A Discussion About Fair Trade Awareness

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October is the month for a multitude of national awareness campaigns. We have begun to expect crowds running and walking in swarms of pink and orange and to see our favorite sports team accent their shoes or gloves with a special color for a respected cause. However, in spite of this monthly participation, do we recognize and acquire the awareness we are expected to have regarding each plight? Each campaign is connected to an organization or person who holds a story connected to a disease, personal loss, or social and labor injustices.

The awareness we hope to achieve is not simply a date on the calendar, but a commitment to education and change in hopes of ending these difficult human experiences. One less commonly known monthly awareness movement recognizes the certification of fair trade. A recent poll has indicated only 55% of the U.S. population knows what the term fair trade means, regardless of holding a spot on the yearly awareness calendar.

 

What is Fair Trade?

In the simplest terms, Fair Trade can be defined as an ethical label created to protect the rights of global laborers and producers. This includes fair wages for farmers, no child or forced labor, gender equity, respecting and improving the environment and communities in which a product is produced, and transparency and accountability regarding global labor production and regulations. The Fair Trade Certification is certified through Fair Trade USA, a third party certifier of fair-trade products in North America. This seal ensures the credibility and authenticity the product you are purchasing is truly Fair Trade.

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More than one million farmers grow fair-trade products. The most common fair trade products care chocolate, cotton, tea, herbs and spices, coffee, shea butter, and coconut oil. Although fair trade is not the equivalent to USDA Organic, the seal does hold significant value in their production process. Fair trade certification requires certain environmental standards to be met, such as the protection of water resources, the elimination of slash-and burn agriculture, reducing the use of pesticides and commercial fertilizers, and even banning the use of GMOs. Over half of all Fair Trade Certified imports are also certified organic.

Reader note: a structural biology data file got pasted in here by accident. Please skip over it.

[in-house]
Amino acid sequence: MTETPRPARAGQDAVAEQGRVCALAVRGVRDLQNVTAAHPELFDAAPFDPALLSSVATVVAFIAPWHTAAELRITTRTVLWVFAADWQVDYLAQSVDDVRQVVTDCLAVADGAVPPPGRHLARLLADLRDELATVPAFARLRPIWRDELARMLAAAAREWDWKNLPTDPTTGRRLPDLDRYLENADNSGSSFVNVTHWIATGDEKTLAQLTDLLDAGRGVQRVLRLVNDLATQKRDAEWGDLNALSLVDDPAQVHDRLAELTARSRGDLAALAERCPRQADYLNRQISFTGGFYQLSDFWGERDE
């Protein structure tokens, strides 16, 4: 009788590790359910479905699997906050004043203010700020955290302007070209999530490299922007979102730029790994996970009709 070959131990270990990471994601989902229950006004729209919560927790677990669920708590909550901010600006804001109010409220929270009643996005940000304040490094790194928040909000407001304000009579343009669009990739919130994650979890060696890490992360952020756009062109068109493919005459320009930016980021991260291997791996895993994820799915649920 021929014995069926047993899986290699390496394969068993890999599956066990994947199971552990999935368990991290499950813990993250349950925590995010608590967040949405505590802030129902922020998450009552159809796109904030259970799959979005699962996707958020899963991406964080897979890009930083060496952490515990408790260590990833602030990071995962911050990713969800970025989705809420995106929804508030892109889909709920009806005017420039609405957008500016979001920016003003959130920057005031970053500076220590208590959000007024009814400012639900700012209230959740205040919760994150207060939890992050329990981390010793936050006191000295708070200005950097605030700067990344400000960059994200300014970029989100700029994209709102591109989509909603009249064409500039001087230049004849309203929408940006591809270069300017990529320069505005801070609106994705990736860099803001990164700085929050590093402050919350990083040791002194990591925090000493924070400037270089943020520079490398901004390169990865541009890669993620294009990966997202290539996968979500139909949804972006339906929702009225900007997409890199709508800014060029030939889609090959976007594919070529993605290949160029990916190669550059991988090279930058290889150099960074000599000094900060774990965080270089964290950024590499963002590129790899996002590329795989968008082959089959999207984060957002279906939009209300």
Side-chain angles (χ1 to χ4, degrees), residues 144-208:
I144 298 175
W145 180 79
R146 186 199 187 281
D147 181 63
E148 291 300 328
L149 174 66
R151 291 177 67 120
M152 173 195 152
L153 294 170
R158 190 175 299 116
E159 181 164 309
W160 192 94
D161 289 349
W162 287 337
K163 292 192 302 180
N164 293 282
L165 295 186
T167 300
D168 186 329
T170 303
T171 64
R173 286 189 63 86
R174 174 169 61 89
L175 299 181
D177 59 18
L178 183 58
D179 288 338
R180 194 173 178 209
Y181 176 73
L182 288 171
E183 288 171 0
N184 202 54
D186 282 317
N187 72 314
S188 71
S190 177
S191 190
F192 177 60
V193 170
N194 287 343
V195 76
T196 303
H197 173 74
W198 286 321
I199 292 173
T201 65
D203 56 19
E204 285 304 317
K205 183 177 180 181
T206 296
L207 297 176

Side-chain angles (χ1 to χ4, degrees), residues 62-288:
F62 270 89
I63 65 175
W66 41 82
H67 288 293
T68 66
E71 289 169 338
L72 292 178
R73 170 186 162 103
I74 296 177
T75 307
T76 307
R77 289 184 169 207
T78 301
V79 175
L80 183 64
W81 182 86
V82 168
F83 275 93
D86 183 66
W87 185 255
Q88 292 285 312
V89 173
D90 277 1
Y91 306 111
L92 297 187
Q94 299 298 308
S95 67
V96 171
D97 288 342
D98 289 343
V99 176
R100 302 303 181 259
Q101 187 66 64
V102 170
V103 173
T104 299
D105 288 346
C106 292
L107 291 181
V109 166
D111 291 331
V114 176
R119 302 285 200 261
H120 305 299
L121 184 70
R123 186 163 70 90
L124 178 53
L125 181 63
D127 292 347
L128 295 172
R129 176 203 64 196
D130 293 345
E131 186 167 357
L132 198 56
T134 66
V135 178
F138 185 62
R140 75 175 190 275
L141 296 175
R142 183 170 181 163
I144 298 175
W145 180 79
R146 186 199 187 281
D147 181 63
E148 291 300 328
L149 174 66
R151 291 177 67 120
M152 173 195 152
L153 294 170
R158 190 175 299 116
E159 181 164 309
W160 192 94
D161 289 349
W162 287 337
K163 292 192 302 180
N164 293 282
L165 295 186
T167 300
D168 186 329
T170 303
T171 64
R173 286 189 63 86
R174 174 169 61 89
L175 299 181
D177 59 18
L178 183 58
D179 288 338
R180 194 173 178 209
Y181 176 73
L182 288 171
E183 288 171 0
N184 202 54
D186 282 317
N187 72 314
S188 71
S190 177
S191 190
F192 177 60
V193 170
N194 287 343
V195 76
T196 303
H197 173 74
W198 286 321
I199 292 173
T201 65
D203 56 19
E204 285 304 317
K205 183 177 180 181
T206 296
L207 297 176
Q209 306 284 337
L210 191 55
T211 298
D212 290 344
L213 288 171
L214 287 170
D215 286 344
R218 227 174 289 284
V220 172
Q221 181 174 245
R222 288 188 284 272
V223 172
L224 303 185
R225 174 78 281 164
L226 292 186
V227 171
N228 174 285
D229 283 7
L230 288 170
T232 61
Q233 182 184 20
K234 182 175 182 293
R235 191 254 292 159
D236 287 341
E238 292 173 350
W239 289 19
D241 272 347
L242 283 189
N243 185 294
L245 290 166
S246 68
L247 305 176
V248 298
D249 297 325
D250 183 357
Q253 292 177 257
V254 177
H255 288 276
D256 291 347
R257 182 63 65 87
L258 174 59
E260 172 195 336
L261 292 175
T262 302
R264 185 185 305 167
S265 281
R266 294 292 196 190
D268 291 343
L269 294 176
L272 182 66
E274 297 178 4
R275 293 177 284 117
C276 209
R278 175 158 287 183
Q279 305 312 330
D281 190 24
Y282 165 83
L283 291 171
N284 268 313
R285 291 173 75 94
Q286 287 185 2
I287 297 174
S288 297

For a list of products: http://www.fairtradeusa.org/products-partners

 

Action Follows Awareness

Holding a true awareness of how our consumption practices affect our global partners in labor and trade is essential. Making active efforts to continue community education and adjustment in our own personal practices is the best way to fulfill the principle concept of an awareness month (for any campaign). Use your new-found awareness to read labels and certifications of your products to determine if they were made with not only your best interest, but also the environment and individuals who labored and produced it in mind.

 

Photos via: Fair Trade USA (.org)

 

 

 

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About Author

Deanna Olson

Deanna calls Central Minnesota home. She attended St. Cloud State University and obtained her BA in Applied Sociology. Her emphasis focused on politics and systematic policies. Her greatest concentration revolved around food consumption and practices in our current society and global market place. Now, Deanna is a busy and blessed mom of two. She has fueled her love for research and food into her family by making and providing conscientious and healthy options for her family and local community. At this time, Deanna is also a board member at her local food co-op where she contributes articles written for parents and works to network and empower local food growers and community members to provide sustainable and locally grown foods for their community. She enjoys spending time with family and friends, gardening, horses, and anything that allows for fun outdoors (with the exception of high places...eek)!

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